Kutmichevitsa

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The borders of the Kutmichevitsa or Devol Comitatus during 9th-10th centuries.[1]

Kutmichevitsa (Bulgarian: Кутмичевица) was an administrative region of the Bulgarian Empire as well as Byzantine Empire during much of the Middle Ages, corresponding roughly with the northwestern part of the region of Macedonia[2] and the southern part of Albania, broadly taken to be the area included in the triangle Saloniki-Skopje-Vlora.[3] It had an important impact on the formation, endorsement and development of the Old Church Slavonic and culture. The Debar–Velich diocese of the Bulgarian Orthodox Church was created in Kutmichevitsa whose first bishop between 886 and 893 was Clement of Ohrid, appointed by Knyaz Boris I.[2]

Borders[edit]

To the north Kutmichevitsa reached the river Shkumbin and the ridge Chermenika (Çermenikë) which also divide northern from southern Albania and form the border between the Gheg and Tosk Albanian; to the east and north-east was separated from Macedonia by the Lake Ohrid and Lake Prespa; to the south and south-east bordered the historical region Epirus and to the west reached the plains of the Adriatic Sea known as Myzeqe or Savrovo Pole.[4] The area between the rivers Devoll and Osum was known in the Middle Ages as Mezhdurechie.[5]

History[edit]

The Berat Castle, known during the Bulgarian rule as the Belgrad Castle was the fortress of one of the most important towns in Kutmichevitsa, Belgrad (White Town).

The region is associated with the spreading of Cyrillic, Old Church Slavonic language and Eastern Orthodox culture.[6]

It was populated by Slavs as early as the 6th century. By the late 7th century, a group of Bulgars under Kuber settled in the area and in neighbouring Macedonia. In 842, during the reign of Khan Presian I, the region became part of the First Bulgarian Empire.[2][7][8] During the Christianization of Bulgaria under Presian's son Boris I, Kutmichevitsa became one of the two most important cultural centers of Bulgaria,[9] the other being the original core of the Bulgarian state around Pliska and Preslav. The Ohrid Literary School produced many works important for the Medieval Bulgarian literature as well as for all the Slavic peoples. Kutmichevitsa (or Devol) was probably one of the 10 comitati (administrative regions) of the Bulgarian Empire, with Devol/Deabolis as its capital which also served as a seat of the diocese of the name.[10] Other important towns included Glavinitsa (Ballsh), Belgrad/Velegrada (Berat) and Chernik. Kutmichevitsa remained in Bulgaria until the fall of the empire under Byzantine rule by the armies of Basil II in 1018. The last ruler of the First Empire, Presian II, made his final desperate stand in that region, in the mountain Tomoritsa (Tomorr).[11] By 1019 the Byzantines captured the last Bulgarian strongholds in Kutmichevitsa.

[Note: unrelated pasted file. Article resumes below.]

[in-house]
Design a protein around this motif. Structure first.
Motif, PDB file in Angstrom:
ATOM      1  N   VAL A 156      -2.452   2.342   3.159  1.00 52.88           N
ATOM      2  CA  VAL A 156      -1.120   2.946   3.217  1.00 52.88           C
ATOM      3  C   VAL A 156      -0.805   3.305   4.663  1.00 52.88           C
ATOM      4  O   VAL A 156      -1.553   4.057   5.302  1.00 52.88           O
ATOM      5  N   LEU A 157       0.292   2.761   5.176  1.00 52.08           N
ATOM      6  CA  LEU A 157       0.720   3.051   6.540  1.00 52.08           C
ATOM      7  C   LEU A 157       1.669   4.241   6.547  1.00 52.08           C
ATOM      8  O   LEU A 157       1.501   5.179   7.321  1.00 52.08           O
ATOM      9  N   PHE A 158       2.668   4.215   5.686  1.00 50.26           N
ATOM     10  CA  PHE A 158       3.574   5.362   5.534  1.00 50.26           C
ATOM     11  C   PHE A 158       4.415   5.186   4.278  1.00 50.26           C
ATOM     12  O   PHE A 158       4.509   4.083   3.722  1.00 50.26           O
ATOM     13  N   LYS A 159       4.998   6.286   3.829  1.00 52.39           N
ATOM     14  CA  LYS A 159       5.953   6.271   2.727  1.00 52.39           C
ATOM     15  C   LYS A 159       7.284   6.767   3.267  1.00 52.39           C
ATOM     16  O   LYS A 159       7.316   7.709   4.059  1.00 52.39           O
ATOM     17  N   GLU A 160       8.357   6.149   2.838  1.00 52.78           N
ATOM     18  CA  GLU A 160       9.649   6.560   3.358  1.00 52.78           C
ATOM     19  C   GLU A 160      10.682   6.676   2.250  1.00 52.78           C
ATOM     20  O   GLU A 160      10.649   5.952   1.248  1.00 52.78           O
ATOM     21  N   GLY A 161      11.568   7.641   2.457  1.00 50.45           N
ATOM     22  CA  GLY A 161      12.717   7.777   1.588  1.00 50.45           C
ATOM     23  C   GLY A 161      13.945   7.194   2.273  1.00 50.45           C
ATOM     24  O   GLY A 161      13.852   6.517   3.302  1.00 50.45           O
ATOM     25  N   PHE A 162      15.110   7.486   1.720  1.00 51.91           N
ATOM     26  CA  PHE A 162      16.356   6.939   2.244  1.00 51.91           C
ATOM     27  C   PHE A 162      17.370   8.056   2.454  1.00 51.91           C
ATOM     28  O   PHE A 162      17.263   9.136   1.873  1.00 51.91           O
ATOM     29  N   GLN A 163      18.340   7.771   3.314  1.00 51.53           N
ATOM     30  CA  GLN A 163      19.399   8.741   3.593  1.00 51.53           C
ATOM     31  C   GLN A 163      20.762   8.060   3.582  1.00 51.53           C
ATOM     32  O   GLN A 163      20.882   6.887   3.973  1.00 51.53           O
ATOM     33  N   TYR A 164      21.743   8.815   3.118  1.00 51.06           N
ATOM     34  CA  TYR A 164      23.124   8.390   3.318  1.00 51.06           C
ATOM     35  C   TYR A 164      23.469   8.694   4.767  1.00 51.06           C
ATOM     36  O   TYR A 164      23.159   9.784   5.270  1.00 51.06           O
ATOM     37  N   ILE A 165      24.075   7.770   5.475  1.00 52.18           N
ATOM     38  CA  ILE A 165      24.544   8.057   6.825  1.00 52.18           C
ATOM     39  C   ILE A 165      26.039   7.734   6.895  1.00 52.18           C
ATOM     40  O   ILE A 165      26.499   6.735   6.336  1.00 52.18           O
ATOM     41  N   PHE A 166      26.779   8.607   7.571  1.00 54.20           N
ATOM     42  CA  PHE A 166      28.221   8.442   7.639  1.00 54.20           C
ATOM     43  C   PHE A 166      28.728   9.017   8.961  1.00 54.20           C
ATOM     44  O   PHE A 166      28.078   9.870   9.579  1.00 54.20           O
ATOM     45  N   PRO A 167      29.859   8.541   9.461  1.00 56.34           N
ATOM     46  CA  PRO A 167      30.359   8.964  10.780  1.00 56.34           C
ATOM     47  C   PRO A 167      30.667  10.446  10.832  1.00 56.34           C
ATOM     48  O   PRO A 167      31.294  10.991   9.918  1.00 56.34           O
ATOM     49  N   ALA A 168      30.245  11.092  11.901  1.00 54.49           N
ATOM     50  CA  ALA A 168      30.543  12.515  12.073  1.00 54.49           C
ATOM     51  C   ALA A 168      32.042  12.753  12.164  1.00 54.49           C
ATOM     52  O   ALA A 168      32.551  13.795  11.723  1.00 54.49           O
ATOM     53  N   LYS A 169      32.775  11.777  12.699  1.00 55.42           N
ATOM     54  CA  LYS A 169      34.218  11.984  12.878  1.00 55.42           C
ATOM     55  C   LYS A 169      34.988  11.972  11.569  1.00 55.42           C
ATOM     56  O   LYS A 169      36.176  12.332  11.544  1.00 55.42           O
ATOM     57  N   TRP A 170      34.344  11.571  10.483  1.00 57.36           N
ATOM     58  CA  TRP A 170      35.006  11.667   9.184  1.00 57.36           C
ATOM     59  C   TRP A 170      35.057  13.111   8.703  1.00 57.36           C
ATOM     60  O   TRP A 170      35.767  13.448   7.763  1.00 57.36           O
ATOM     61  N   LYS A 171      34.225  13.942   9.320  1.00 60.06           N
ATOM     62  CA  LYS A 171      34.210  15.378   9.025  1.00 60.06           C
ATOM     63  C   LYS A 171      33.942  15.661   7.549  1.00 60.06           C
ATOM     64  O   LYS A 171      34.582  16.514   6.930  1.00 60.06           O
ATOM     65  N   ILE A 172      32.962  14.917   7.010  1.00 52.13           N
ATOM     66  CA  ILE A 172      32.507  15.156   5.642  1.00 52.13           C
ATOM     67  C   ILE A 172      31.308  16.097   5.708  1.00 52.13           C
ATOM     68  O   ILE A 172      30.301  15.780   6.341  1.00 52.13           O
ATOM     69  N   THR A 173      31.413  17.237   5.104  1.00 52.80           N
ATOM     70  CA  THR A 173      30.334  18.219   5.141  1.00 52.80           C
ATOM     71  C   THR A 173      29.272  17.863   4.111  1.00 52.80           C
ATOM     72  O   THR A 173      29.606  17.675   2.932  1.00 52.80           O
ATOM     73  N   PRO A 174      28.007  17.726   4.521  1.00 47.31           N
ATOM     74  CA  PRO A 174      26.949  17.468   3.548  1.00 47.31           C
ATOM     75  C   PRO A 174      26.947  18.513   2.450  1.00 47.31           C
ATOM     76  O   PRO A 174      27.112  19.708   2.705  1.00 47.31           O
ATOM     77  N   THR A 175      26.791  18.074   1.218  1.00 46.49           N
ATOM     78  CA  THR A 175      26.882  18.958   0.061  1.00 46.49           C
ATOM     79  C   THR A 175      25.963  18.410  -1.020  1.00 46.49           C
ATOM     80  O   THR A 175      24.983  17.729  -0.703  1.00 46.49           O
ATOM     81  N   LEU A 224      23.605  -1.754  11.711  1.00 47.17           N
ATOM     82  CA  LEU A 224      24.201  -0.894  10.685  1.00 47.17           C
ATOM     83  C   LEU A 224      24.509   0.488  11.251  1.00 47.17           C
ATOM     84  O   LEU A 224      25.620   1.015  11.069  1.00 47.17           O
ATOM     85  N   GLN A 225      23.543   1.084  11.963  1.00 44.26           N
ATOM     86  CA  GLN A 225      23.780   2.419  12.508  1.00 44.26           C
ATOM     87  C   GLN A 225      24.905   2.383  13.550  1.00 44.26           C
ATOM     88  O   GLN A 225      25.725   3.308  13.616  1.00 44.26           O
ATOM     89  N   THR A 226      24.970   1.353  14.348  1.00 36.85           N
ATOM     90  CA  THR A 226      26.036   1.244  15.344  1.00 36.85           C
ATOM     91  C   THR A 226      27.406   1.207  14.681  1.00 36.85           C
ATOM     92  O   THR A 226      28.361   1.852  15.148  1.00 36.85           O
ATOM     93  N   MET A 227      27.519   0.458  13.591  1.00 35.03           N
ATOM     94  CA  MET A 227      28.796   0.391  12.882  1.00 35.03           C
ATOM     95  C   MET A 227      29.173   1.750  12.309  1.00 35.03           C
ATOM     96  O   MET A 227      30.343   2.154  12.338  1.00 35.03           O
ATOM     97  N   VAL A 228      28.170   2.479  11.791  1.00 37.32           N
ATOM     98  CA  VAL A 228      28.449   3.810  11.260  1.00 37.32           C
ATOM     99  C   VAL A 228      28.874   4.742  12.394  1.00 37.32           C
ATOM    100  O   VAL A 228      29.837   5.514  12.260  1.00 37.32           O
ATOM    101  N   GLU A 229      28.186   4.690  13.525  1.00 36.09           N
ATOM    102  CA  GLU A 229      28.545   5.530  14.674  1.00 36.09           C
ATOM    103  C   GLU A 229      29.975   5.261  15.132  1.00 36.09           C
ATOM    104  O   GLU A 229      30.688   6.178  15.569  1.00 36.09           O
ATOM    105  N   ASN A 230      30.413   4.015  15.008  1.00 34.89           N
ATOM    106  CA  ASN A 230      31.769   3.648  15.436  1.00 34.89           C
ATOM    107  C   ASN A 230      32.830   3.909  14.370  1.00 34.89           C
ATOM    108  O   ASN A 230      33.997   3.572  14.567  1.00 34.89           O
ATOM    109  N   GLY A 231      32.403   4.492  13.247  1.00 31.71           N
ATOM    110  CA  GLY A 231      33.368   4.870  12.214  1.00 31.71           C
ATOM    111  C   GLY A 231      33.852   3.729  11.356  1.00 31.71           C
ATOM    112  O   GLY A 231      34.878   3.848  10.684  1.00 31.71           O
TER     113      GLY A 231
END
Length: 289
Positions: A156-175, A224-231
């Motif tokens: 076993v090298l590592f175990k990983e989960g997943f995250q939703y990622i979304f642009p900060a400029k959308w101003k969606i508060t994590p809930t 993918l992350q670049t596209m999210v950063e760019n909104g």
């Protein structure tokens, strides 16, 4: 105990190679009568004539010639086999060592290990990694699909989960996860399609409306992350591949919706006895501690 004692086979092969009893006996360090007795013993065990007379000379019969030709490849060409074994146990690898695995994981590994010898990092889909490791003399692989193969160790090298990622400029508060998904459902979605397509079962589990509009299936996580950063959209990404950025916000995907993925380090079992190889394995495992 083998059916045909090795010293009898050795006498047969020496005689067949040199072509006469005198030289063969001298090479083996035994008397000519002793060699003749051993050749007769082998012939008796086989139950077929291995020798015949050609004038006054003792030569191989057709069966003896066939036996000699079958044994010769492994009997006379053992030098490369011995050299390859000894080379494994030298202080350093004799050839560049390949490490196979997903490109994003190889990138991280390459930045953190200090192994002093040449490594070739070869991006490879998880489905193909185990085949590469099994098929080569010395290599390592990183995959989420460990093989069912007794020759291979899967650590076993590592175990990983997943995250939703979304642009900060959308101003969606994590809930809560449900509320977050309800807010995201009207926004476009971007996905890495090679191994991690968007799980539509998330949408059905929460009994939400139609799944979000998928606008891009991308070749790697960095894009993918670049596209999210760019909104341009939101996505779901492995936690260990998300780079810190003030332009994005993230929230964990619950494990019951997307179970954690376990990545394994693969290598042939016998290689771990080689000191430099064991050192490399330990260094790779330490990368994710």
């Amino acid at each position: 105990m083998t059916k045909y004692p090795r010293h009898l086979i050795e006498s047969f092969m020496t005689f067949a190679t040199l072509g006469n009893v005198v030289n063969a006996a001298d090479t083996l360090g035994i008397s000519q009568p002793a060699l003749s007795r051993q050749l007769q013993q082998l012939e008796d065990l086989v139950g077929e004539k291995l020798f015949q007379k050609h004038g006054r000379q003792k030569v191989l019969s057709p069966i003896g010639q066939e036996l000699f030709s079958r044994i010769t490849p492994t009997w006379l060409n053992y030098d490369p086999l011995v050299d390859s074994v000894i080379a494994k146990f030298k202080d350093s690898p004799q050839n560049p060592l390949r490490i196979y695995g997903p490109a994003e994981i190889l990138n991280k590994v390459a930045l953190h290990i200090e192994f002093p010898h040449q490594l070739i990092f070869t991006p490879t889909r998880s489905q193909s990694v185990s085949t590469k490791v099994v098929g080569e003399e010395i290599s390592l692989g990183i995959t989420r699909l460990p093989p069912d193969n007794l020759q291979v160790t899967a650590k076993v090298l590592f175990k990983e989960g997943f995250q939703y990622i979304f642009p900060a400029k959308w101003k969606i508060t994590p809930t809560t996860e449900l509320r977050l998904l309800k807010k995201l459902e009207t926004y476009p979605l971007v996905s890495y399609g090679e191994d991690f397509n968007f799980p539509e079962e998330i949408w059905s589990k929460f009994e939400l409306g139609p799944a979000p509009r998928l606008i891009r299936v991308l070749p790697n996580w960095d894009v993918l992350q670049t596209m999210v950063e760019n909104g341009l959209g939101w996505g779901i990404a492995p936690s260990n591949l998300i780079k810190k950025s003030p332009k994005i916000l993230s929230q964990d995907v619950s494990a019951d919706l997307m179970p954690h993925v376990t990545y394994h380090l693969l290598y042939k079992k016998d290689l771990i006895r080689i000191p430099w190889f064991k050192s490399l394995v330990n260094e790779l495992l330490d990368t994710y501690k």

The population of the region took part in the Uprising of Petar Delyan (1040–1041)[12] and the Uprising of Georgi Voiteh (1072)[13][14] against Byzantine rule. Kutmichevitsa was retaken by Kaloyan of the Second Bulgarian Empire in 1203. During that time Devol was once again administrative center of a hora (an administrative division of the Second Empire).[7][10] In the turmoil following the death of Ivan Asen II in 1241, the region shared the fate of neighbouring Macedonia and was conquered by the Byzantines. It was finally lost to Bulgaria during the Uprising of Ivaylo.

It remained by Byzantine hands until Stephen Dušan seized it as part of the short-lived Serbian Empire.[15] After its disintegration the region became part of the Principality of Valona and was ruled by the niece of the Bulgarian emperor Ivan Alexander like lord of the rest of the Serbian Empire and later by her daughter from Balša II, Ruzha. After the battle of Savra Kutmichevitsa came under Ottoman vassalage and in 1417 was fully conquered by the Ottoman Empire.[5]

See also[edit]

Notes[edit]

  1. ^ The location of Devol and the borders of Bulgaria according to Koledarov, P., Political Geography of the Medieval Bulgarian State, Part two, BAN edition, Sofia, 1989, map number 2
  2. ^ a b c Bakalov, Georgi; Milen Kumanov (2003). "KUTMICHEVITSA (Kutmichinitsa)". History of Bulgaria electronic edition (in Bulgarian). Sofia: Trud, Sirma. ISBN 954528613X. 
  3. ^ The entry of the Slavs into Christendom: an introduction to the medieval history of the Slavs, A. P. Vlasto, CUP Archive, 1970, ISBN 0-521-07459-2, p. 169.
  4. ^ Българите-атлас. ИК ТанНакРа, София, ISBN 954-9942-19-8. 2001. 
  5. ^ a b Koledarov, Petar (1979/1989). Political Geography of the Medieval Bulgarian State. BAN, Sofia. 
  6. ^ Andreev, p. 84
  7. ^ a b Encyclopedia "Bulgaria", vol. 2, BAN edition, Sofia 1981, p. 261
  8. ^ Andreev, p. 70
  9. ^ Zlatarski, V. History of the Bulgarian state in the Middle Ages, vol. 1, ch. 2, pp. 232-234, 237-239, 247
  10. ^ a b Gyuzelev, B. The Albanians in the Eastern Balkans, International center for research of the minorities and cultural interactions, Sofia 2004, p. 15
  11. ^ Zlatarski, V. History of the Bulgarian state in the Middle Ages, vol. 1, ch. 2, pp. 736-737, 740
  12. ^ Andreev, p. 138
  13. ^ Angelov, D., Cholpanov, B. Bulgarian military history during the Middle Ages (10-15th centuries), BAN edition, Sofia 1994, ISBN 954-430-200-X, p. 77
  14. ^ Pavlov, Pl. Rebels and adventurers in medieval Bulgaria, "LiterNet", Varna 2005, Georgi Voiteh from the kin of the Kavkhans
  15. ^ Matanov, Hr. The South-western Bulgarian lands in the 14th century, "Nauka i izkustvo", Sofia 1986, pp. 14-15

References[edit]

  • Andreev, Jordan; Milcho Lalkov (1996). The Bulgarian Khans and Tsars (in Bulgarian). Abagar. ISBN 954-427-216-X. 

External links[edit]